The people and presiding priest prepare the table and set bread and wine on it
Every significant Jewish meal involved seven actions: (1) bread was taken, (2) a prayer of blessing was said over it, (3) it was broken, and (4) it was shared; then there was a common meal; then (5) a cup of wine and water was taken, (6) a prayer of thanksgiving, the “Birkat hamazon”, was chanted over it, and (7) all drank from the cup. The Last Supper (whether Passover or chaburah meal) included these seven actions. It is these actions which were given a new significance. When Christians did them, they did them to remember Christ the action of God’s eternal Word in creation, the incarnation, birth, life and ministry of Jesus, his death, resurrection, exaltation, giving of the Spirit, and the promise of his coming in glory.
The separation of the meal from the seven actions contributed to their conflation into the four classical eucharistic actions: (A) bread and wine are taken, (B) a prayer of thanksgiving is made, (C) the bread is broken, and (D) the bread and wine are shared. Of these (A) and (C) are preparatory. The bread and wine are placed upon the holy table in order that the Great Thanksgiving may be offered. The breaking of the bread prepares for the administration of communion. This chapter concentrates on the first of these actions the Preparation of the Gifts.
The altar is best kept as bare as possible until the Preparation of the Gifts, when the focus moves from the lectern to the altar.
Items such as the chalice and paten, purificators, and corporal are not gifts, and so these are not brought forward from the congregation. Before the service they are placed on a credence at the side of the chancel. Traditionally, the water is placed on the credence as well, as it is not the work of human hands. There is no need to use a burse or veil.
The white altar cloth and the candles could be placed on the altar at the time of the Preparation of the Gifts. This highlights the Eucharist as a meal, an aspect often obscured by our inherited architecture and ceremonial. Placing the corporal on the altar may be unnecessary if this practice is adopted as the corporal is a shrunken vestige of an altar cloth. In some churches it is possible to have large candle sticks (or candelabra) next to the altar rather than on it.
There are a variety of ways of taking the collection and bringing forward the gifts. A collection plate may be placed on the oblations table, at the entrance of the nave, with the bread and wine. A food basket could be placed by this table. In this way the people can place their gifts of money and food in the plate and basket as they enter church. These are then presented at the Preparation of the Gifts.
It is easy for the symbolism of objects to be lost when there are too many on the altar. The Prayer Book assumes that there will only be one chalice and one paten on the altar during the Great Thanksgiving in accordance with the symbolism of one bread and one cup. A clear glass pitcher or a flagon with wine may be placed on the altar at the Preparation of the Gifts if more wine will be needed for communion. Further empty chalices and baskets or patens can be brought up as needed at the time of the distribution of communion. The consecrated bread and wine is then placed in these.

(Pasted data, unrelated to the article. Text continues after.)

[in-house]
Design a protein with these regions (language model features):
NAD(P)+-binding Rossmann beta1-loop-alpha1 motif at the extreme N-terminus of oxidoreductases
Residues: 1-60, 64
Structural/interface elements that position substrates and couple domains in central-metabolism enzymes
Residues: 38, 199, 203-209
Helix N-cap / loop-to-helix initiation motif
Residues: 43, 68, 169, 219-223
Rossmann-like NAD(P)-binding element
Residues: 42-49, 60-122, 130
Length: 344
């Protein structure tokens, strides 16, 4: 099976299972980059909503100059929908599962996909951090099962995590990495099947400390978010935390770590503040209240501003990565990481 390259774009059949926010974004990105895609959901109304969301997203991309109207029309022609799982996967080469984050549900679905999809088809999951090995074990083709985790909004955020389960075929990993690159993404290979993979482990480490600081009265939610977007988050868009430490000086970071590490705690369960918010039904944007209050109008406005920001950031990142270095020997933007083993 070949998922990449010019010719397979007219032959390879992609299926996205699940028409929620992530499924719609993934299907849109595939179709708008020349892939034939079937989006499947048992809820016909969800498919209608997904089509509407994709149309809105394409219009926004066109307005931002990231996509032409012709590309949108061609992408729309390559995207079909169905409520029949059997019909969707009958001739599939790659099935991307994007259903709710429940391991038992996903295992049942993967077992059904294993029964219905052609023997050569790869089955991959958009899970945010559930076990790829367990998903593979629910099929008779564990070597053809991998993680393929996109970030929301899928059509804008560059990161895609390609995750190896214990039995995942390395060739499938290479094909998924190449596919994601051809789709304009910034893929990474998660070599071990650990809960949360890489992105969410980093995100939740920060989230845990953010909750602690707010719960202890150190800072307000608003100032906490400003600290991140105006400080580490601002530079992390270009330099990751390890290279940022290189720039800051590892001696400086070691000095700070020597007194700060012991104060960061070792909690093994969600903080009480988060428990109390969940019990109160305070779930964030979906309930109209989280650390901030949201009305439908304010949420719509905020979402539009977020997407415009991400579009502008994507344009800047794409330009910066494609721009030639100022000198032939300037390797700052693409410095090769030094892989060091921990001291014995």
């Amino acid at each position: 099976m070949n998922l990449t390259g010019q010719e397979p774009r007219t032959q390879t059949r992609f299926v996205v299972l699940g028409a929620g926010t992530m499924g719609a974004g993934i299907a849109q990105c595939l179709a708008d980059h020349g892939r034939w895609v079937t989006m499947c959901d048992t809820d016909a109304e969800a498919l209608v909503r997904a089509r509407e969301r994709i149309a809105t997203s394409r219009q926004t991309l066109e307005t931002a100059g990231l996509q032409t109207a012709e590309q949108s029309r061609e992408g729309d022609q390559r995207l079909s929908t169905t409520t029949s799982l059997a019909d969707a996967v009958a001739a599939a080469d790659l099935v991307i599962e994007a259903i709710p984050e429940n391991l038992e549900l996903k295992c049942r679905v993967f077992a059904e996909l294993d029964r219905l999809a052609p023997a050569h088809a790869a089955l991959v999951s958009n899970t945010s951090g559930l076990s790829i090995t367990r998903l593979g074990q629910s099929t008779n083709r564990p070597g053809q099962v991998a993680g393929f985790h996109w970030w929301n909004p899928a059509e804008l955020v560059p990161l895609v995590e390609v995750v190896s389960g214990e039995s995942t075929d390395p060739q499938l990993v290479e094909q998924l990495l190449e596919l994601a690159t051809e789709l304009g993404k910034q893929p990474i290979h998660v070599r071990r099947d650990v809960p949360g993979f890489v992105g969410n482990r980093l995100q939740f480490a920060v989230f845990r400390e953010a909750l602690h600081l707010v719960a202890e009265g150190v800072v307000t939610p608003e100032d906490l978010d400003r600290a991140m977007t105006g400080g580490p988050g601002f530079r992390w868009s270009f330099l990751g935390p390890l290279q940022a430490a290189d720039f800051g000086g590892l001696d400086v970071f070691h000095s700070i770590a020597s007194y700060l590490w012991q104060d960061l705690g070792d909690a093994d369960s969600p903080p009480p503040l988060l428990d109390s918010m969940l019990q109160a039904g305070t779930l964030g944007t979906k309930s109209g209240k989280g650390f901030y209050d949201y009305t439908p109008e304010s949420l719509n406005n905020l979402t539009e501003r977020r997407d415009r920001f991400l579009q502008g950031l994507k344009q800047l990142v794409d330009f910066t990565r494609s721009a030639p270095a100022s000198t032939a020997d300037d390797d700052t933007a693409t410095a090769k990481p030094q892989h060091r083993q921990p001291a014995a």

Supplementary consecration is normally unnecessary. “Care should be taken to ensure that sufficient bread and wine is placed on the holy table” (page 516). Although the Roman Catholic Church normally reserves the Sacrament, liturgists of that church deprecate the practice of administering from the reserved Sacrament in a Eucharist. Our Prayer Book also emphasizes that people have a right to receive the Sacrament which has been consecrated during that celebration. It highlights the purpose of reservation as being “for the communion of persons not present” (page 516).
Only in the Eucharistic Liturgy Thanksgiving for Creation and Redemption does the Prayer Book require a prayer at the Preparation of the Gifts. The other rites all allow for this preparation to be done without a verbal prayer. This simplifies and clarifies a part of the liturgy which, through centuries of accretions, had developed much complexity.
At the Preparation of the Gifts bread and wine are taken in order that thanks may be offered with them. Any prayer at the Preparation is in danger of anticipating the Great Thanksgiving. It is in the eucharistic prayer that thanks is given and the gifts are “offered” (hence the Greek word for the eucharistic prayer is the “anaphora” the “offering”).
It is because of this that the Roman Missal encourages the priest to pray the prayers during the Preparation of the Gifts quietly rather than aloud. At this point our own Prayer Book seems to depart from modern liturgical consensus when it instructs that “the priest may offer praise for God’s gifts in the following or other appropriate words” (page 420). The prayer which follows obviously derives from the Roman Missal. However, scholarly liturgical opinion would have the Great Thanksgiving as being the prayer in which the priest offered “praise for God’s gifts.” Furthermore, there is no description of what sort of words would be “inappropriate.” In defence of the rubrics it is to be noted that the prayers on page 420 are all optional, and so may normally be omitted.
In some communities there is more ceremony associated with the collection of money than would ever be considered appropriate for the eucharistic bread and wine! In the way that the collection and/or bread and wine is passed from person to person some places may appear to give the impression that the chancel and more especially the sanctuary are clerical spaces which only clergy (or at least those who are robed) may enter. Such practices merit serious reflection.